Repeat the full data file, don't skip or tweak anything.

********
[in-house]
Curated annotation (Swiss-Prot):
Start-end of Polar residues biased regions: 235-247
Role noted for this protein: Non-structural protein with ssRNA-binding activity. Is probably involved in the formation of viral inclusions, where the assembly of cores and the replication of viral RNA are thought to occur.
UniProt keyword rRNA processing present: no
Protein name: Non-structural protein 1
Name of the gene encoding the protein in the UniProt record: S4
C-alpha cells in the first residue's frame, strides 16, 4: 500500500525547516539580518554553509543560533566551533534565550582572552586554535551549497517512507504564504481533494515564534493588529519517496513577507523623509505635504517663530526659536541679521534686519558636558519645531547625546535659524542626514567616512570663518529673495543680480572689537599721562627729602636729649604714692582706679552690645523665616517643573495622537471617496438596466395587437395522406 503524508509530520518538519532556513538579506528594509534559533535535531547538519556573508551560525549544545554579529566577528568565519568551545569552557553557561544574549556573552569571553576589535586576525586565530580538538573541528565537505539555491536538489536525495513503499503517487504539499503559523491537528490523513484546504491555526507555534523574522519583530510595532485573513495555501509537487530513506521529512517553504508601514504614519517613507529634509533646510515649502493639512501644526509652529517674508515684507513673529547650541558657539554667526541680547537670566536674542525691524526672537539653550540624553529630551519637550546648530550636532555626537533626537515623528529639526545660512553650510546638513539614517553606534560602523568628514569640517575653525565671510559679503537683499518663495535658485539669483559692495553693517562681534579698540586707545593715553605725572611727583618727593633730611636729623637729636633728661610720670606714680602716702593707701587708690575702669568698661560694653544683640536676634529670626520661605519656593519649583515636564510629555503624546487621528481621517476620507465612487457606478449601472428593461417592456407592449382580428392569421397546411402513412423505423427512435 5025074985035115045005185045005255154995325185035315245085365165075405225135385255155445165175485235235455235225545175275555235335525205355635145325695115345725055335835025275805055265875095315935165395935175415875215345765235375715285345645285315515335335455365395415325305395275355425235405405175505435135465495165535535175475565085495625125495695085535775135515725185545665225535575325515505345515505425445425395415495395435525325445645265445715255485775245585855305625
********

[in-house]
Curated annotation (Swiss-Prot):
Start-end of Polar residues biased regions: 235-247
Role noted for this protein: Non-structural protein with ssRNA-binding activity. Is probably involved in the formation of viral inclusions, where the assembly of cores and the replication of viral RNA are thought to occur.
UniProt keyword rRNA processing present: no
Protein name: Non-structural protein 1
Name of the gene encoding the protein in the UniProt record: S4
C-alpha cells in the first residue's frame, strides 16, 4: 500500500525547516539580518554553509543560533566551533534565550582572552586554535551549497517512507504564504481533494515564534493588529519517496513577507523623509505635504517663530526659536541679521534686519558636558519645531547625546535659524542626514567616512570663518529673495543680480572689537599721562627729602636729649604714692582706679552690645523665616517643573495622537471617496438596466395587437395522406 503524508509530520518538519532556513538579506528594509534559533535535531547538519556573508551560525549544545554579529566577528568565519568551545569552557553557561544574549556573552569571553576589535586576525586565530580538538573541528565537505539555491536538489536525495513503499503517487504539499503559523491537528490523513484546504491555526507555534523574522519583530510595532485573513495555501509537487530513506521529512517553504508601514504614519517613507529634509533646510515649502493639512501644526509652529517674508515684507513673529547650541558657539554667526541680547537670566536674542525691524526672537539653550540624553529630551519637550546648530550636532555626537533626537515623528529639526545660512553650510546638513539614517553606534560602523568628514569640517575653525565671510559679503537683499518663495535658485539669483559692495553693517562681534579698540586707545593715553605725572611727583618727593633730611636729623637729636633728661610720670606714680602716702593707701587708690575702669568698661560694653544683640536676634529670626520661605519656593519649583515636564510629555503624546487621528481621517476620507465612487457606478449601472428593461417592456407592449382580428392569421397546411402513412423505423427512435 5025074985035115045005185045005255154995325185035315245085365165075405225135385255155445165175485235235455235225545175275555235335525205355635145325695115345725055335835025275805055265875095315935165395935175415875215345765235375715285345645285315515335335455365395415325305395275355425235405405175505435135465495165535535175475565085495625125495695085535775135515725185545665225535575325515505345515505425445425395415495395435525325445645265445715255485775245585855305625